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Expert educates Team Andersen on sexual assault concepts

  • Published
  • By Senior Airman Katrina M. Brisbin
  • 36th Wing Public Affairs
A sexual assault briefing was held at the Coral Reef Fitness Center Nov. 5 to educate members of Team Andersen in effort to provide a different perspective on the subject of sexual assault and domestic violence.

Anne Munch, a recognized subject matter expert for the Department of Defense for consulting, training and speaking on sexual assault, domestic violence and stalking, spoke to approximately 650 people over two all-calls.

"We offered the two different all-calls, one for senior leadership and the other for enlisted members, to help provide a different perspective on the crime of sexual assault," said Capt. Diana Wong, 36th Wing sexual assault response coordinator. "The senior leader call focused primarily on victimology, offender dynamics and statistics. The enlisted call was about consent."

During the enlisted member all-call, Munch talked about differences in opinion of what consent is and what it is to the law.

According to the Uniform Code of Military Justice, the term consent means a freely given agreement to the conduct at issue by a competent person.

"You and I consent to things every day whether it's allowing someone to borrow your car or asking for assistance," said Munch told the audience. "So what's the difference between those situations and consenting for sex? It's in our minds."

Throughout the all-calls she used examples from cases she's worked as a legal expert and prosecutor to challenge Airmen to examine their thinking when it comes to who the victim is in a sexual assault situation.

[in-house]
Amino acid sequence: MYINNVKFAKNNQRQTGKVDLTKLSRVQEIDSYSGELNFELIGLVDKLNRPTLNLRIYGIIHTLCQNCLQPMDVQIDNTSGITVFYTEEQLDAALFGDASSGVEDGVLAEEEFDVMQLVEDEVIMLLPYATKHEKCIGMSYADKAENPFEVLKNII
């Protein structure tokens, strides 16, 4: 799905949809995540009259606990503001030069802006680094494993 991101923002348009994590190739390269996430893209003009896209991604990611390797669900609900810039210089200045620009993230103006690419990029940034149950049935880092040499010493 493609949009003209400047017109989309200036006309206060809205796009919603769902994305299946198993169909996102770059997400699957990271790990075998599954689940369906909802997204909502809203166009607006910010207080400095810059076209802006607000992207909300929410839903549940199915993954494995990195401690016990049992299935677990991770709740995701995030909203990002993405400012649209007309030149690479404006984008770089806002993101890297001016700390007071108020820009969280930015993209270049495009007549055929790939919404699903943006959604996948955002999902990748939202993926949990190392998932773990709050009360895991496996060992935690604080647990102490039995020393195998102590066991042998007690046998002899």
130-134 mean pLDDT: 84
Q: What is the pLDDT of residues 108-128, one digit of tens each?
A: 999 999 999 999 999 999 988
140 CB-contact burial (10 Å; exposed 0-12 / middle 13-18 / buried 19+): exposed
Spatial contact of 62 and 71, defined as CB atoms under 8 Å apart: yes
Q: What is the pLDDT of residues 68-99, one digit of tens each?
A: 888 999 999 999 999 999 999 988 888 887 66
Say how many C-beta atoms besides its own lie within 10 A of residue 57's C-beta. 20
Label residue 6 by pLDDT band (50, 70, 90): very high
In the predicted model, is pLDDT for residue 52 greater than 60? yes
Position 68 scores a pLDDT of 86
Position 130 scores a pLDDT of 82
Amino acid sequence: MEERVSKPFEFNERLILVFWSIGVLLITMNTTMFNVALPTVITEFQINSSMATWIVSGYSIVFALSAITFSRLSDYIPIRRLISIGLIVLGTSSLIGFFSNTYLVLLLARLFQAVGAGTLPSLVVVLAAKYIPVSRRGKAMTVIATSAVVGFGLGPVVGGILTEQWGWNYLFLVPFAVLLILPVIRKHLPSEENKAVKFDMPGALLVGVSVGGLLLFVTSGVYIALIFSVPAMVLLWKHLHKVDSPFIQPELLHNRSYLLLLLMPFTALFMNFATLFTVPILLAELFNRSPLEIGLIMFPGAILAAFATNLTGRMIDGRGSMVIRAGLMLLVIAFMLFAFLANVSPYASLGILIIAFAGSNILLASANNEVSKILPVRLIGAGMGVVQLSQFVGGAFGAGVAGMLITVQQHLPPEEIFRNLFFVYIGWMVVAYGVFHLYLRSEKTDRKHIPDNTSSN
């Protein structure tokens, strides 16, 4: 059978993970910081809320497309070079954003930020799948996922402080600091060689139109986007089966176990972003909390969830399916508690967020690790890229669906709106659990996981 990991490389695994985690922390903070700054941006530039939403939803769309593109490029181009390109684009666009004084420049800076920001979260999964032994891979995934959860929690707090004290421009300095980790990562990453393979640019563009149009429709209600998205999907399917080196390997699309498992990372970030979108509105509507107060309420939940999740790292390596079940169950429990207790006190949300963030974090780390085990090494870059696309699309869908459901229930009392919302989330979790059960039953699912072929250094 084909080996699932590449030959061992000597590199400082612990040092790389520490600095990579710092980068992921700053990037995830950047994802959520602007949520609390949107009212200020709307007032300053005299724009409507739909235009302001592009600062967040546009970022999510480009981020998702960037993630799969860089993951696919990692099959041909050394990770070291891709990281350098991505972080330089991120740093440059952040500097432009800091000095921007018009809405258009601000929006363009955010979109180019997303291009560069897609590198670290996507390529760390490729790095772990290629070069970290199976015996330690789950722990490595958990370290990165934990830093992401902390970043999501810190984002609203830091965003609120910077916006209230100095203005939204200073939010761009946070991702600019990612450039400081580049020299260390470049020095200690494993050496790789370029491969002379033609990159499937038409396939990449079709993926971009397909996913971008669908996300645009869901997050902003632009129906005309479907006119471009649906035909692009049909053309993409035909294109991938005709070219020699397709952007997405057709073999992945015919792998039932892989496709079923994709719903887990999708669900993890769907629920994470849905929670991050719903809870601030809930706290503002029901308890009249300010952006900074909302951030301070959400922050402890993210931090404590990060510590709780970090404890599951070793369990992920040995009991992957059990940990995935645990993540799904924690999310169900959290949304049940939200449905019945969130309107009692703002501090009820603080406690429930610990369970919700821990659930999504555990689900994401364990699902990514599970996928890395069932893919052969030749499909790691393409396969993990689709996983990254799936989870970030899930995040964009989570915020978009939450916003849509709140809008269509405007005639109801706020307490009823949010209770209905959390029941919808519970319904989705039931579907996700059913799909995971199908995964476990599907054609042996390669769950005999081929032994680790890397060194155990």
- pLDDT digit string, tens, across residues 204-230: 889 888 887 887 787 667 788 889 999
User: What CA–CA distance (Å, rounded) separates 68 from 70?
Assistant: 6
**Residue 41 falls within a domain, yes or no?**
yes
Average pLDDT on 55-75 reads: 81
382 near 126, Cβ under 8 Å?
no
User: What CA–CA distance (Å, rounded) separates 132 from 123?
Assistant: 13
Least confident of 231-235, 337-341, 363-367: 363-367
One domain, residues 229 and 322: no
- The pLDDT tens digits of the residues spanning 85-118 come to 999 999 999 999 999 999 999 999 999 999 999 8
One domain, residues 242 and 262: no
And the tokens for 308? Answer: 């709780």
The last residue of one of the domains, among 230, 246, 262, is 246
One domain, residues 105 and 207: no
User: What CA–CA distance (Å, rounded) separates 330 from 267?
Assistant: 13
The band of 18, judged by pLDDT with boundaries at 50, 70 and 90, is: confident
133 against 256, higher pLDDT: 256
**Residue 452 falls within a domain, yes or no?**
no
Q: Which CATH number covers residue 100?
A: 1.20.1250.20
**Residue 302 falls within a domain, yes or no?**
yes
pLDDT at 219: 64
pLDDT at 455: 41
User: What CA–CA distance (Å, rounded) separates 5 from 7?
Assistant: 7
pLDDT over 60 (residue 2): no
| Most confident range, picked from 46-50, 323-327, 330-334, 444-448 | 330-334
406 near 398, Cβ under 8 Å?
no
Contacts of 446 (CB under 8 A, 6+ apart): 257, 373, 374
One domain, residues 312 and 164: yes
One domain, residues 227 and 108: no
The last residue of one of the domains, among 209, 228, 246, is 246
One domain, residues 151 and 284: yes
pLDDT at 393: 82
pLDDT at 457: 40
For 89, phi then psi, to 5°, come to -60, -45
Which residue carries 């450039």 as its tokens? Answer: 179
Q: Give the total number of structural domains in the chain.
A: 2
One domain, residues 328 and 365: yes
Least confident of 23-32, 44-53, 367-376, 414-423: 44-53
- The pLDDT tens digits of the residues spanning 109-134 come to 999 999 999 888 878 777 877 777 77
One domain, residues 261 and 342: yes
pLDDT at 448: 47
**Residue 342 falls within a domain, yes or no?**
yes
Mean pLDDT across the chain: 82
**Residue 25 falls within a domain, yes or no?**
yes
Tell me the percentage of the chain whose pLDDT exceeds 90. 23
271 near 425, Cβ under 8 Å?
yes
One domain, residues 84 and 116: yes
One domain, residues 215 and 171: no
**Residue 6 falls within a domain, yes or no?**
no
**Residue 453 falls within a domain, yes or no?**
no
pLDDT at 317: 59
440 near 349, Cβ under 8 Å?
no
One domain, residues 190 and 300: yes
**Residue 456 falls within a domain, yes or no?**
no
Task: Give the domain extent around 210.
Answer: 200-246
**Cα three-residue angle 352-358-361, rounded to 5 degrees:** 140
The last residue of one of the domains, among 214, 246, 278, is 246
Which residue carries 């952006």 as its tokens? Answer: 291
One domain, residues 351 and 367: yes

Munch also spoke of a third-party influence on sexual assault crimes, beyond the victim and offender, who she named the "unnamed" conspirator. This individual influences victims to blame themselves and influences others to blame victims. The conspirator also causes people to, subconsciously or consciously, judge whether or not a crime was committed based on the victim's behavior rather than the offender's behavior.

In her closing words she encouraged all in attendance to change their focus and to not "Monday morning quarterback" victims referring to a tendency for some to second-guess decisions made by involved parties without knowing all the facts.

"It was great having Munch here," said Wong. "We really appreciate the expert high level perspective that she provides."

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